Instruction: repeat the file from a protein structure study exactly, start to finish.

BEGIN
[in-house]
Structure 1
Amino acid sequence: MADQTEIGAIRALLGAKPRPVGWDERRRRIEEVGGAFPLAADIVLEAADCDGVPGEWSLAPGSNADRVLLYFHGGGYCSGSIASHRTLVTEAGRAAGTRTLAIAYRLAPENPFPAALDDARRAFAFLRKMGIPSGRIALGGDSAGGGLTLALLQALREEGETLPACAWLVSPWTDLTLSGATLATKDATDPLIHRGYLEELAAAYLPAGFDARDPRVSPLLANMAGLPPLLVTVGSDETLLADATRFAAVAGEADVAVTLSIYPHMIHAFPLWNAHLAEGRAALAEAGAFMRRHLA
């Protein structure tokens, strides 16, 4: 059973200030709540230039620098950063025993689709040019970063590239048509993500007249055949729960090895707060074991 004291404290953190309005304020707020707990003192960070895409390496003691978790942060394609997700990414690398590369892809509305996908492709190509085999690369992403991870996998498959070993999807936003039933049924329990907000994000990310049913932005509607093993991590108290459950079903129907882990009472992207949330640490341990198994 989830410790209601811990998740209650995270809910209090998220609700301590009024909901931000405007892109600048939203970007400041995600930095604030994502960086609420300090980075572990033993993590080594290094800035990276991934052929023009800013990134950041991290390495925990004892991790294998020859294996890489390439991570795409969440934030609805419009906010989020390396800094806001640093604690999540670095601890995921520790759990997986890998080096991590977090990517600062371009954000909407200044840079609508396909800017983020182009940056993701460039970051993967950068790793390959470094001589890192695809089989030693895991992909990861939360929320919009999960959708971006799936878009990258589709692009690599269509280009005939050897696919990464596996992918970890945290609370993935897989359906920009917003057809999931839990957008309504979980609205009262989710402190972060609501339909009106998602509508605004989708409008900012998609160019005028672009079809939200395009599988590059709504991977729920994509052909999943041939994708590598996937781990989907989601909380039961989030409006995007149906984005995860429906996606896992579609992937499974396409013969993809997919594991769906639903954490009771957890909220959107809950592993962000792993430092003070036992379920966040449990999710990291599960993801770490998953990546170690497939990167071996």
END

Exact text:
[in-house]
Structure 1
Amino acid sequence: MADQTEIGAIRALLGAKPRPVGWDERRRRIEEVGGAFPLAADIVLEAADCDGVPGEWSLAPGSNADRVLLYFHGGGYCSGSIASHRTLVTEAGRAAGTRTLAIAYRLAPENPFPAALDDARRAFAFLRKMGIPSGRIALGGDSAGGGLTLALLQALREEGETLPACAWLVSPWTDLTLSGATLATKDATDPLIHRGYLEELAAAYLPAGFDARDPRVSPLLANMAGLPPLLVTVGSDETLLADATRFAAVAGEADVAVTLSIYPHMIHAFPLWNAHLAEGRAALAEAGAFMRRHLA
């Protein structure tokens, strides 16, 4: 059973200030709540230039620098950063025993689709040019970063590239048509993500007249055949729960090895707060074991 004291404290953190309005304020707020707990003192960070895409390496003691978790942060394609997700990414690398590369892809509305996908492709190509085999690369992403991870996998498959070993999807936003039933049924329990907000994000990310049913932005509607093993991590108290459950079903129907882990009472992207949330640490341990198994 989830410790209601811990998740209650995270809910209090998220609700301590009024909901931000405007892109600048939203970007400041995600930095604030994502960086609420300090980075572990033993993590080594290094800035990276991934052929023009800013990134950041991290390495925990004892991790294998020859294996890489390439991570795409969440934030609805419009906010989020390396800094806001640093604690999540670095601890995921520790759990997986890998080096991590977090990517600062371009954000909407200044840079609508396909800017983020182009940056993701460039970051993967950068790793390959470094001589890192695809089989030693895991992909990861939360929320919009999960959708971006799936878009990258589709692009690599269509280009005939050897696919990464596996992918970890945290609370993935897989359906920009917003057809999931839990957008309504979980609205009262989710402190972060609501339909009106998602509508605004989708409008900012998609160019005028672009079809939200395009599988590059709504991977729920994509052909999943041939994708590598996937781990989907989601909380039961989030409006995007149906984005995860429906996606896992579609992937499974396409013969993809997919594991769906639903954490009771957890909220959107809950592993962000792993430092003070036992379920966040449990999710990291599960993801770490998953990546170690497939990167071996």